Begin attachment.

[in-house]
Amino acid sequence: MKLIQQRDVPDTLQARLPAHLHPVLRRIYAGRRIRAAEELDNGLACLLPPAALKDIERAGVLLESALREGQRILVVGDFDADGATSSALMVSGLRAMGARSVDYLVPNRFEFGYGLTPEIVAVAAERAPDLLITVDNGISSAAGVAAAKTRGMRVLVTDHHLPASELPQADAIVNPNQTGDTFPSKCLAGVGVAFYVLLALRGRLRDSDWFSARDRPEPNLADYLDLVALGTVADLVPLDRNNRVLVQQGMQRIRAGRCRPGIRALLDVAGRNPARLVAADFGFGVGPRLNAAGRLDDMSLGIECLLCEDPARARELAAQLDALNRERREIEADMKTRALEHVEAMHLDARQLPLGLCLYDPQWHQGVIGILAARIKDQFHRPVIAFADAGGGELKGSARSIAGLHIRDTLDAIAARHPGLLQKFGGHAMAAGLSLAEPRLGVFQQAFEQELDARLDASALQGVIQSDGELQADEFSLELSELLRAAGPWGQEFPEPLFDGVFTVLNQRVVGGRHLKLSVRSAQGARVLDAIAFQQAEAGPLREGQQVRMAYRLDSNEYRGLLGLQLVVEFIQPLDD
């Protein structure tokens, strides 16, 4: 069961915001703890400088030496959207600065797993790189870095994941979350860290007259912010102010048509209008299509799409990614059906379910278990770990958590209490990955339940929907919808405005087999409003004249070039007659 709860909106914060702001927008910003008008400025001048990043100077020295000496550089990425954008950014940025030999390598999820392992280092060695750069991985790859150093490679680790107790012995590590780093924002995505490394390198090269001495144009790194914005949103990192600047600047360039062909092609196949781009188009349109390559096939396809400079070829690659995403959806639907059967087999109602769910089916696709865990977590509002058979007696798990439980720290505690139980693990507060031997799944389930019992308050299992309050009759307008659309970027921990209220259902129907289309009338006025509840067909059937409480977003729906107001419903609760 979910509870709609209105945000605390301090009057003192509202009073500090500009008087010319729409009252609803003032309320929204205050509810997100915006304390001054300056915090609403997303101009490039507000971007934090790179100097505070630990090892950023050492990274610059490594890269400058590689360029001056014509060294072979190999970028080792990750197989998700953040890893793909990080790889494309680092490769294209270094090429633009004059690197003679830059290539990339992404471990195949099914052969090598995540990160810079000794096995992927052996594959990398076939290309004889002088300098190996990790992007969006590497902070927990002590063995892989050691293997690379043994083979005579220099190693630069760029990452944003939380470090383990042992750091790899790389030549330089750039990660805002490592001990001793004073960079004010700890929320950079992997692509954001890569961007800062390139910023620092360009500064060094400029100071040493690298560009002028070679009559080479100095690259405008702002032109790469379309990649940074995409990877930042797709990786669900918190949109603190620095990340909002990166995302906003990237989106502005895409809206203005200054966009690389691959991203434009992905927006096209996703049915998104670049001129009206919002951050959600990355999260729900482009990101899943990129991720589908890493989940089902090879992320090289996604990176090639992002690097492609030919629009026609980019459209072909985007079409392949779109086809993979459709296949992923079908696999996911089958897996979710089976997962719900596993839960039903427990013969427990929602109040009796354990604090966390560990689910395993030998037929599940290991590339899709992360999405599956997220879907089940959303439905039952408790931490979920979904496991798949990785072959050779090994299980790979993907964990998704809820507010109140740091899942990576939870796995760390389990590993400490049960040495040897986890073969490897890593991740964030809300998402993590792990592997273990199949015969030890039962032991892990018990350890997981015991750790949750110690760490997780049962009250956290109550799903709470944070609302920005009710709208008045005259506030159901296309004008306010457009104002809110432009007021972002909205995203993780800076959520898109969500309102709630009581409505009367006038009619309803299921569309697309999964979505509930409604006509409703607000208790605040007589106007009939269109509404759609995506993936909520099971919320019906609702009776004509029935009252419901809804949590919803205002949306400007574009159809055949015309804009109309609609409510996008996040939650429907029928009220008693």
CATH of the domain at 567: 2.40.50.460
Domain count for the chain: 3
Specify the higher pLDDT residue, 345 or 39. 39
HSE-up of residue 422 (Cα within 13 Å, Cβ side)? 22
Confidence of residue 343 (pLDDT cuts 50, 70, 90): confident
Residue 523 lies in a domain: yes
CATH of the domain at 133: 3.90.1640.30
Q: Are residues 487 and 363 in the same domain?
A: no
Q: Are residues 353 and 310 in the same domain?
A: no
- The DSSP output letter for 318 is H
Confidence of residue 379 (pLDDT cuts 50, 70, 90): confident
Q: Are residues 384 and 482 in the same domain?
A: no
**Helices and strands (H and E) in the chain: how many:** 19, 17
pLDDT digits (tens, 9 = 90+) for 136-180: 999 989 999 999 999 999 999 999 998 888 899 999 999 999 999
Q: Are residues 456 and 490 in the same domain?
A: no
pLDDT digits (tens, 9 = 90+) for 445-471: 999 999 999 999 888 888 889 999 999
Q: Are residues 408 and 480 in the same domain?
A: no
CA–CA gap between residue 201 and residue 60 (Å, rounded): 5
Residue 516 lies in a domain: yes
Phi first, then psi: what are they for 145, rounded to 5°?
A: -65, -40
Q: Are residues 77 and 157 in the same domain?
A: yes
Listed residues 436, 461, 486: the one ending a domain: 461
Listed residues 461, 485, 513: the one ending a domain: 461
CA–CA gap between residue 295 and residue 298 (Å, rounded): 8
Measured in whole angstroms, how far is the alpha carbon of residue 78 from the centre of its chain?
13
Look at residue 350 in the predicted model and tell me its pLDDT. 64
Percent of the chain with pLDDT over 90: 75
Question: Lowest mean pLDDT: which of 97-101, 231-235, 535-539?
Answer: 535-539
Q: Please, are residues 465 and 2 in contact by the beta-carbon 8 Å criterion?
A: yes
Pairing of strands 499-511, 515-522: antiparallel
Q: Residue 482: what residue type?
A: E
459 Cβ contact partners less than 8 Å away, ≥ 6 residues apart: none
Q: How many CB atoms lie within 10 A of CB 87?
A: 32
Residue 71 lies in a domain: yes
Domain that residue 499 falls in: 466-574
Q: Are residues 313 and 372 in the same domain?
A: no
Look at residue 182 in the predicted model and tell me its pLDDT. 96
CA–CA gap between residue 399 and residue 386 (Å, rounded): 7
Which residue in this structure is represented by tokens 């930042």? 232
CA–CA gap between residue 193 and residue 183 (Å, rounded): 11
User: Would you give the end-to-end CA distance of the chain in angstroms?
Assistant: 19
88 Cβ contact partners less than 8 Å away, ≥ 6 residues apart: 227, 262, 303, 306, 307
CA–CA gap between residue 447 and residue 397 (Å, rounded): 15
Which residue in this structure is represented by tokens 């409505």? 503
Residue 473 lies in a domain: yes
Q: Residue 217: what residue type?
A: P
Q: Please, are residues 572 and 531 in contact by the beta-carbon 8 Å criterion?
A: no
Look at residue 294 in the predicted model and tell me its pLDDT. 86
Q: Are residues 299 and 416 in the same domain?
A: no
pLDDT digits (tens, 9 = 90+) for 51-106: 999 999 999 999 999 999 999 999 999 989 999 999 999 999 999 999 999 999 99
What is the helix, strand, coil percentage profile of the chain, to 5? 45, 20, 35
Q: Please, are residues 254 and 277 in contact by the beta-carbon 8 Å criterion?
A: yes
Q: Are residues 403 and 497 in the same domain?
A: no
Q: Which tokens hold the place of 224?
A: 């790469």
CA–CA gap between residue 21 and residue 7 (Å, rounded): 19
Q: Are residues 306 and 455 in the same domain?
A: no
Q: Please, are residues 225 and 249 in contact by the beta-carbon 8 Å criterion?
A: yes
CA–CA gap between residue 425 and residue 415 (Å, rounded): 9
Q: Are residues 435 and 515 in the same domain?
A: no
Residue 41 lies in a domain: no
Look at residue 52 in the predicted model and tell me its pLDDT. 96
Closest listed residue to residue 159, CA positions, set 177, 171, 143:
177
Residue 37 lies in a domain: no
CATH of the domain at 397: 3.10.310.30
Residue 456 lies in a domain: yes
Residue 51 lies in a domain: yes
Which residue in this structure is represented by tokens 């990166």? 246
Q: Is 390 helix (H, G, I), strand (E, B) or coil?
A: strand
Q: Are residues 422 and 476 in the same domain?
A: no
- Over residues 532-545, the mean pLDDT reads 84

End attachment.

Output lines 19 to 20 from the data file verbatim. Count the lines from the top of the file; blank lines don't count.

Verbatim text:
**Helices and strands (H and E) in the chain: how many:** 19, 17
pLDDT digits (tens, 9 = 90+) for 136-180: 999 989 999 999 999 999 999 999 998 888 899 999 999 999 999